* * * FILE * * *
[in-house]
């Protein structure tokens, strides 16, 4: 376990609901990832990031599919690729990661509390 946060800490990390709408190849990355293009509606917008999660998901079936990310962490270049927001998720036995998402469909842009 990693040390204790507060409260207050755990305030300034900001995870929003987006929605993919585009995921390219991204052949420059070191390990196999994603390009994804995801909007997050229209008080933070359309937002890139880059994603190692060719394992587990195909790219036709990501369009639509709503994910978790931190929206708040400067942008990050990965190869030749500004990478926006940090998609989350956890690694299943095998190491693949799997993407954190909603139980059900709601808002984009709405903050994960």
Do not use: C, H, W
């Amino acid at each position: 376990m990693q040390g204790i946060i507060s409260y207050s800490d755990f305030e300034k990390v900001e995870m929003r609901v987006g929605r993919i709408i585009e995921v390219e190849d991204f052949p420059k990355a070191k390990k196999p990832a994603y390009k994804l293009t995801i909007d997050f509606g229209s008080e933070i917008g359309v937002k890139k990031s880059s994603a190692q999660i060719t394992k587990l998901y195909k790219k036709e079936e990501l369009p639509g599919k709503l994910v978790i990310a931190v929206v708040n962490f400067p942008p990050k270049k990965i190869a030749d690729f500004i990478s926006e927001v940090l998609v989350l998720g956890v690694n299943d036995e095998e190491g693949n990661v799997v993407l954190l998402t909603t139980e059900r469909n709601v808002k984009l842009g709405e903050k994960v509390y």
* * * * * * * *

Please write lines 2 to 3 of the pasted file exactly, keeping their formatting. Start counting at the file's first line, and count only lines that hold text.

């Protein structure tokens, strides 16, 4: 376990609901990832990031599919690729990661509390 946060800490990390709408190849990355293009509606917008999660998901079936990310962490270049927001998720036995998402469909842009 990693040390204790507060409260207050755990305030300034900001995870929003987006929605993919585009995921390219991204052949420059070191390990196999994603390009994804995801909007997050229209008080933070359309937002890139880059994603190692060719394992587990195909790219036709990501369009639509709503994910978790931190929206708040400067942008990050990965190869030749500004990478926006940090998609989350956890690694299943095998190491693949799997993407954190909603139980059900709601808002984009709405903050994960």
Do not use: C, H, W